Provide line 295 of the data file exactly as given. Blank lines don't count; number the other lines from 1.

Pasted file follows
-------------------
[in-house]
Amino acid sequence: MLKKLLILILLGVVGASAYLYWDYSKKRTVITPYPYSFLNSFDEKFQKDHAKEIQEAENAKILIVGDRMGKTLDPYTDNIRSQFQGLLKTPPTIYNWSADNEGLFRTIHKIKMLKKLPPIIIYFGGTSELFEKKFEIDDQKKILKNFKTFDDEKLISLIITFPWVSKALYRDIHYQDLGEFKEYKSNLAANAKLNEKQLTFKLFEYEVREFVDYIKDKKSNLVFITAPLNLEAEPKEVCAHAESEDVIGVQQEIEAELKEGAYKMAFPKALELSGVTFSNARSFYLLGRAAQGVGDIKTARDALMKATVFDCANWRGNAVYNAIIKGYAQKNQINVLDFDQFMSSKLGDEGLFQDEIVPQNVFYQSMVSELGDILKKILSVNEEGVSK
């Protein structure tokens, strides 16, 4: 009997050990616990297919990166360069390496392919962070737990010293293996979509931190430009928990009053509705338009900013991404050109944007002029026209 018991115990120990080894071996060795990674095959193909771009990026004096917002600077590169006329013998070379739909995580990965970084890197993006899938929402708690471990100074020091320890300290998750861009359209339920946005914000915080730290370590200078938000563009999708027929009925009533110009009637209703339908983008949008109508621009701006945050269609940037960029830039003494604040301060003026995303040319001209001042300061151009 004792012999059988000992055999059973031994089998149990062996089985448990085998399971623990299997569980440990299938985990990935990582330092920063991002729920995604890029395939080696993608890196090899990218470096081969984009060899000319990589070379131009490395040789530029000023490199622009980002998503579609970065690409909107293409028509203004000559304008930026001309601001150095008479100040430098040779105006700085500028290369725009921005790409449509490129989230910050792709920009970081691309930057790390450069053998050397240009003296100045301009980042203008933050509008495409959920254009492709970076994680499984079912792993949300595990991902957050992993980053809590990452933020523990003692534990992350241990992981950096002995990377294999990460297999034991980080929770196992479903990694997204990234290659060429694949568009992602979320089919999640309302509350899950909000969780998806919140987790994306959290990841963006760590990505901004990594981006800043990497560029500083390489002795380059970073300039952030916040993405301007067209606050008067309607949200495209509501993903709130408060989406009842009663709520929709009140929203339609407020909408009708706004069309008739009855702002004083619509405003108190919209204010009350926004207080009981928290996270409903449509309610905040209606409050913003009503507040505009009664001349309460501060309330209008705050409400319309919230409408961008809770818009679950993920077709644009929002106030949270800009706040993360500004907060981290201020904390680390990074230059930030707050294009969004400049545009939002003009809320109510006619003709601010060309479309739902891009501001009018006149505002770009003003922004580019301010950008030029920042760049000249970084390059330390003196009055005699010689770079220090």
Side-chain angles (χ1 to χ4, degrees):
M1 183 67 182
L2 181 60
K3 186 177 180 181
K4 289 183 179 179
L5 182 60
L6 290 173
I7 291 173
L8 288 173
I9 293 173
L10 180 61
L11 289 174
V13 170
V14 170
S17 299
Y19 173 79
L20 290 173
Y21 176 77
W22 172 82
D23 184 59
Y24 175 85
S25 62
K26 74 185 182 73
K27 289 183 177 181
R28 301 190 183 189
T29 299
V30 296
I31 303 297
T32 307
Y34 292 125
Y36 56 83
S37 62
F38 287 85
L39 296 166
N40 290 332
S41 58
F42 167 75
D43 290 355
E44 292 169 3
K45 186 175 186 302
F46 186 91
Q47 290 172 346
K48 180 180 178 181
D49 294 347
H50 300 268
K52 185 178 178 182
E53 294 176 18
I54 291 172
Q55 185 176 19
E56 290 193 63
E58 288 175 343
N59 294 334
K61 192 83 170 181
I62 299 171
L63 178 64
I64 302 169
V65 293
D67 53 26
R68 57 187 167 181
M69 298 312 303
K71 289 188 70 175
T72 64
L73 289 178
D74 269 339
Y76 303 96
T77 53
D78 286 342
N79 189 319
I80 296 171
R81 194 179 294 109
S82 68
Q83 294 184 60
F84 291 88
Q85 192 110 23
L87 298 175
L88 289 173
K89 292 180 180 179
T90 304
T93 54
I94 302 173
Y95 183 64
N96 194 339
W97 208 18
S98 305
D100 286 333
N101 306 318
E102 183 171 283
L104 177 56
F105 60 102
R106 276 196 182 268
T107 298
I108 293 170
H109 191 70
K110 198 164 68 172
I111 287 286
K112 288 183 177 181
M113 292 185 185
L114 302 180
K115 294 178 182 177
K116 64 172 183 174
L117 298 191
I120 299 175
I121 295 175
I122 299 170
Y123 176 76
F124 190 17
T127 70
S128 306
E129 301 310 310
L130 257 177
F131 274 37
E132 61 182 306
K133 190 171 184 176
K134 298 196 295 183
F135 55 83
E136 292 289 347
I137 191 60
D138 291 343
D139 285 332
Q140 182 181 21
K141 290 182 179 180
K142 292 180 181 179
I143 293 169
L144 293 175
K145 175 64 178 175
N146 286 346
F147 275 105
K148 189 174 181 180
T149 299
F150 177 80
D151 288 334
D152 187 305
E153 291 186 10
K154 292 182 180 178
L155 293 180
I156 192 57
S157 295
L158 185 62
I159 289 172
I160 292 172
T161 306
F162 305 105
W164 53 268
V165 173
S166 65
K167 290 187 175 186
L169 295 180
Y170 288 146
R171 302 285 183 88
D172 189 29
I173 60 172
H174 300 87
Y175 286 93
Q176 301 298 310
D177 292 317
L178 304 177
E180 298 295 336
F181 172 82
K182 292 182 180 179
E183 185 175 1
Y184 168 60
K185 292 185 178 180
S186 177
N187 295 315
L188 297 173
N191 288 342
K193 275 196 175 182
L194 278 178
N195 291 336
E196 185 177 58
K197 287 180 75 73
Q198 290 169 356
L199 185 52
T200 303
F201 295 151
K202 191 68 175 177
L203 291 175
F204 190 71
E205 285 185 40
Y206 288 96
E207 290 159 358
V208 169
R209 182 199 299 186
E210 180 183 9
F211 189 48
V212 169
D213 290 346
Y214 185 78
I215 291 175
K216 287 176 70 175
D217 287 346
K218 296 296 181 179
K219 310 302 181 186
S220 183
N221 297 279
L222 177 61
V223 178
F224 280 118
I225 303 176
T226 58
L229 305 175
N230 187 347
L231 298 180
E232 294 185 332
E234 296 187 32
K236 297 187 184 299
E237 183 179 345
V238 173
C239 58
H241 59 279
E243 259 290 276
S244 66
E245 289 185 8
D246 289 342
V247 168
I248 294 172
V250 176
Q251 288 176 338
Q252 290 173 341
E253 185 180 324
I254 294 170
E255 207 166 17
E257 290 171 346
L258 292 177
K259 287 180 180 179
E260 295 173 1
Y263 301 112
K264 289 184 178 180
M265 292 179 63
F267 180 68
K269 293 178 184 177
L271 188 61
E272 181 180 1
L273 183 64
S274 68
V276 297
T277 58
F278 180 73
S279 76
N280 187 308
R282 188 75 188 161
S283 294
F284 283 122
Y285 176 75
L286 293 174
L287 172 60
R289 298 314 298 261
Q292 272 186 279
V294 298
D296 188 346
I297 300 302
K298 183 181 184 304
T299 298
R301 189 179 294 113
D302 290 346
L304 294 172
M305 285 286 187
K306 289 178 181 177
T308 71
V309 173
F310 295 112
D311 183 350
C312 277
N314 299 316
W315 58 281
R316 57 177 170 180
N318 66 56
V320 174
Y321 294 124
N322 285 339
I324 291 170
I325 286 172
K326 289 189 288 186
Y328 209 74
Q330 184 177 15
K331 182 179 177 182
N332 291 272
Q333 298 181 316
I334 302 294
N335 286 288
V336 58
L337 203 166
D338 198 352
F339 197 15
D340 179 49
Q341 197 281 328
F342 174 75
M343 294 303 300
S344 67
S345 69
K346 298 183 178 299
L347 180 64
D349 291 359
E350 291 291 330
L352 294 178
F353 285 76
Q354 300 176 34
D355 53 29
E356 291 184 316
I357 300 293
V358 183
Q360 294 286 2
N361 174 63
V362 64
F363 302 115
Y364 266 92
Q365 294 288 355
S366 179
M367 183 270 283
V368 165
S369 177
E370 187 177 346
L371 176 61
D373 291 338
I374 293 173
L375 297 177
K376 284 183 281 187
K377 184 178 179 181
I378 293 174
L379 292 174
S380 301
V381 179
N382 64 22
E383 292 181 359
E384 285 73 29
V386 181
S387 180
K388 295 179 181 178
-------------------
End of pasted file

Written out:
L347 180 64